Tag Archives: boston police department

Boston Police Sgt’s Defense: My Penis Probably Wasn’t The First One 16 Year Old Girl Saw

Kenneth Anderson, the lawyer for Boston Police Sergeant Edwin Guzman, stated earlier this week that it was okay if his client sent a sixteen year old girl pictures of his penis because: “You can’t tell me someone her age has never seen a picture of a penis on the Internet.” It’s an interesting albeit not very convincing defense to say the least for Sgt. Guzman, who’s facing charges of “annoying and accosting a person of the opposite sex” and “disseminating harmful material to a minor,” but apparently is in talks with prosecutors to resolve the case. It’s not clear what exactly that means, but as you can see below, it probably means Guzman’s gonna have to ice down a sore wrist at some point in the near future.

Via : (Watch the report here)

Sgt. Edwin Guzman is accused of sending sexually explicit Facebook messages to a minor.

Guzman was promoted to sergeant in August 2014, around the same time he allegedly sent the messages to the teenager who says she considered Guzman a family friend and father figure.

“It started off we regularly chat and it’s mostly about school and how life is,” the teenager who was 16 at the time told 5 Investigates’ Mike Beaudet.

But she says the conversations kept escalating from there.

“If I gave him like pleasure and let him do things to me, he’d be willing to buy me things,” she said. “He took a picture of his penis and he sent it to me.”

Guzman was charged in Quincy District Court with sending obscene matter to a minor and accosting and annoying a person of the opposite sex.

The Norfolk District Attorney’s office has confirmed the charges were based on the allegedly explicit messages and picture.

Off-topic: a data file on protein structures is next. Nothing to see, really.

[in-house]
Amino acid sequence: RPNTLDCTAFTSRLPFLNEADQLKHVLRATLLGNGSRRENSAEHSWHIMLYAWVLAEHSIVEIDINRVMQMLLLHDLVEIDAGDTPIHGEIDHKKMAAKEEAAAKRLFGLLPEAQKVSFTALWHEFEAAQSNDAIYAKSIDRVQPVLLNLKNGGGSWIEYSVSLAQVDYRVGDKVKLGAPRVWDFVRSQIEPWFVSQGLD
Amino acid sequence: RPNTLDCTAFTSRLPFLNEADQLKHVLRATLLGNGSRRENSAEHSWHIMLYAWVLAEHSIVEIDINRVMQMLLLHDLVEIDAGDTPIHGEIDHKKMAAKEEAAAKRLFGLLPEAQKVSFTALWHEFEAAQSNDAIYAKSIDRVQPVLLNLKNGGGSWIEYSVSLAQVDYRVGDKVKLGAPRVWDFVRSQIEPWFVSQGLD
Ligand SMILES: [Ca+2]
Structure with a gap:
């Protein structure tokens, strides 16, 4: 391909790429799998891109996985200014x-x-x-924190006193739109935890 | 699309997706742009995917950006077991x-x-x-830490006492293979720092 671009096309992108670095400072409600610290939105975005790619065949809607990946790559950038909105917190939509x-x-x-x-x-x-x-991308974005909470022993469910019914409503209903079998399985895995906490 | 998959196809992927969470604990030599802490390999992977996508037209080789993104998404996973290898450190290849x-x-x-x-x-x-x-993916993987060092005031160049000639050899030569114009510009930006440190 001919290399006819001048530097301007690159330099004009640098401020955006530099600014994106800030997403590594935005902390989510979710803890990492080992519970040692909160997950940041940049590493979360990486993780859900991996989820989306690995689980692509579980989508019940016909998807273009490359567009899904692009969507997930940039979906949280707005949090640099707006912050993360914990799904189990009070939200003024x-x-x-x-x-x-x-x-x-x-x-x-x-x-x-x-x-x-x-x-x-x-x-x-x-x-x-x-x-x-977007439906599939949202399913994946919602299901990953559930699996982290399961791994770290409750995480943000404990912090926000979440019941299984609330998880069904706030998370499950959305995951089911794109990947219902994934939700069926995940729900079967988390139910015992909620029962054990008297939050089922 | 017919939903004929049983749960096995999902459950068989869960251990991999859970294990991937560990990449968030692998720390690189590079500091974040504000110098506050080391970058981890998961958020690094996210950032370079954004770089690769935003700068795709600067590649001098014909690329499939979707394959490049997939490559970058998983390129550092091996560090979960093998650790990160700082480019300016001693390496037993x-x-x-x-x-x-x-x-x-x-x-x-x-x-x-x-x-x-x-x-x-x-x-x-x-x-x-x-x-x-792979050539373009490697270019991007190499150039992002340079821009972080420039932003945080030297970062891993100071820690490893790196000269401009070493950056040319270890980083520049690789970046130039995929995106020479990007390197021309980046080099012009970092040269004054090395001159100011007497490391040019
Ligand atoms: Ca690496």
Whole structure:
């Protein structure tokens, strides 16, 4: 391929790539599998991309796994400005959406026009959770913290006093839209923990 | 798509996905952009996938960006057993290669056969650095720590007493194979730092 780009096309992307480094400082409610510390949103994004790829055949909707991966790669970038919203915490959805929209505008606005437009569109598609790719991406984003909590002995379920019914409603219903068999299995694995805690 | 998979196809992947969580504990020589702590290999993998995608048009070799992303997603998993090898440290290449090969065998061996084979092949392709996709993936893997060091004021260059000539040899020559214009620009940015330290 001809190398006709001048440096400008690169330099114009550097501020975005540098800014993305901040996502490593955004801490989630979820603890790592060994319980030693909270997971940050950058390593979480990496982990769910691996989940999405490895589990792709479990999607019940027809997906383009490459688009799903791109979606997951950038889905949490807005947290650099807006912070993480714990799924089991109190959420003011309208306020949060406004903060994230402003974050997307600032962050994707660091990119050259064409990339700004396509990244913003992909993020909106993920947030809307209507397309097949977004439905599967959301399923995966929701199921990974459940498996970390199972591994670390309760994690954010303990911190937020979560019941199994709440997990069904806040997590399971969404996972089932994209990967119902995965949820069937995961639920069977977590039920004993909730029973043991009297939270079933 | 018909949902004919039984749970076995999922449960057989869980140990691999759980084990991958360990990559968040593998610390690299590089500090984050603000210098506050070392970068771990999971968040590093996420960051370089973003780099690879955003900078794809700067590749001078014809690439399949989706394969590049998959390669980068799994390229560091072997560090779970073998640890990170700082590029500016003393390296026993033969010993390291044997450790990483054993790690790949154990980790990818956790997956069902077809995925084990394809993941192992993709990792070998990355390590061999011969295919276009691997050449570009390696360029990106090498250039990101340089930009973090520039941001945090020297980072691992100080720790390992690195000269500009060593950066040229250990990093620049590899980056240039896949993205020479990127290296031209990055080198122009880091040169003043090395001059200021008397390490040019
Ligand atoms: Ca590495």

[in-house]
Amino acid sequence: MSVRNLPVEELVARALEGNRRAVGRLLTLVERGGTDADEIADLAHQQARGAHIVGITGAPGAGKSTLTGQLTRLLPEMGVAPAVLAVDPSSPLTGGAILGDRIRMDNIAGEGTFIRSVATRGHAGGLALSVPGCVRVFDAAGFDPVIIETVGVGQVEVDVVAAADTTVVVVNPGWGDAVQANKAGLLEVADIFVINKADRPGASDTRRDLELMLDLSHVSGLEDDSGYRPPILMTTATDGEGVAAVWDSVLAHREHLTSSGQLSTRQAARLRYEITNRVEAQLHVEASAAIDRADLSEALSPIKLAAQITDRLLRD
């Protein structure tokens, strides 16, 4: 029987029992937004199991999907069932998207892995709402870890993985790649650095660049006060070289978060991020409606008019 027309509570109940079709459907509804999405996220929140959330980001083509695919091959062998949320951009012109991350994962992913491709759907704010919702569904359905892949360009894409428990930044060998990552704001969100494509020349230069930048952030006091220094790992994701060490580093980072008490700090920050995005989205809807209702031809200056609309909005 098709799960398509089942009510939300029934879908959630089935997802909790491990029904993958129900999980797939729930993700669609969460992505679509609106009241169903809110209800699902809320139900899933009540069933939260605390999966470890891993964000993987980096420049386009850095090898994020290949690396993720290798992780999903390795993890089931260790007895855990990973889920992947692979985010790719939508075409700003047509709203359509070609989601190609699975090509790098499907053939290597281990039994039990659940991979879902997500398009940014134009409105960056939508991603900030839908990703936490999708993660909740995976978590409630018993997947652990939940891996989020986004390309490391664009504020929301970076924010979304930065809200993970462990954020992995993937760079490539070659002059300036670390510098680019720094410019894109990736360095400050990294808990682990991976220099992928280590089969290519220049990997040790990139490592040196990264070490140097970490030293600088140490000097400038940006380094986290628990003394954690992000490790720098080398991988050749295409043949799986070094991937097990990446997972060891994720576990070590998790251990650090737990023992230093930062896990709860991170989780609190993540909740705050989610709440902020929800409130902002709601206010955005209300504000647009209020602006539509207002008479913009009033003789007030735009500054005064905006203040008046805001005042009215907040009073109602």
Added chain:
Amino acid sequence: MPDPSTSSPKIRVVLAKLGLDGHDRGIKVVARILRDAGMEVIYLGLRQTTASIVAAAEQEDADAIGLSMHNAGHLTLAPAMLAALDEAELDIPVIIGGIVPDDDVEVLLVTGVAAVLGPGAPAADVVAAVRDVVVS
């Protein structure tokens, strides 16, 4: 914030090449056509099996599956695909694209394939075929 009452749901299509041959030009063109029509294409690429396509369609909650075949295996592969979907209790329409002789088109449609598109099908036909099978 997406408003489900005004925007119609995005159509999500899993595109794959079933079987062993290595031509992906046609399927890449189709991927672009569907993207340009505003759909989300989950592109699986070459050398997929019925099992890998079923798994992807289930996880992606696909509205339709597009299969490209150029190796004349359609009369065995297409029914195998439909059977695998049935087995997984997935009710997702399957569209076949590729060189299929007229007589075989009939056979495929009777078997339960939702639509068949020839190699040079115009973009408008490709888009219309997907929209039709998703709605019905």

But nearly two years later we’ve learned the more serious charge of sending obscene matter to a minor is expected to be dropped, a charge that carried a potential prison sentence of up to five years.

While officials say they believe the alleged victim’s story and they have the deleted Facebook messages, they’ve been unable to recover the naked photo.

The alleged victim’s mother is upset the case has dragged on for so long, culminating in this setback.

“I think the system’s screwed up,” she said. “I still feel like he came out winning.”

The alleged victim’s mother says the district attorney’s office has told her Guzman had indicated he would plead guilty to the lesser charge, if he avoids jail time so the family is willing to go along, rather than risk a jury finding him not guilty.

“I’d rather have him plead guilty on his own and say he’s guilty of one thing,” said the mother of the alleged victim.

“Do you think this is justice?” asked 5 Investigates’ Beaudet.

“Not at all. It’s a slap on the wrist,” she replied.

Guzman is due in court Friday morning. His lawyer wouldn’t comment on whether a plea deal could be reached by then.

Boston police tell us their internal investigators are monitoring the case and will begin an investigation which will ultimately decide if he gets to keep his job, once the criminal case is resolved.

For now, Guzman remains on paid administrative leave.

That paid vacation Sgt. Guzman has been on has lasted for just under a year and a half. That’s a nice bonus for the former Boston Police Department officer of the year (2012).

Boston Cop Claims It’s Illegal to Film Him Without Informing Him First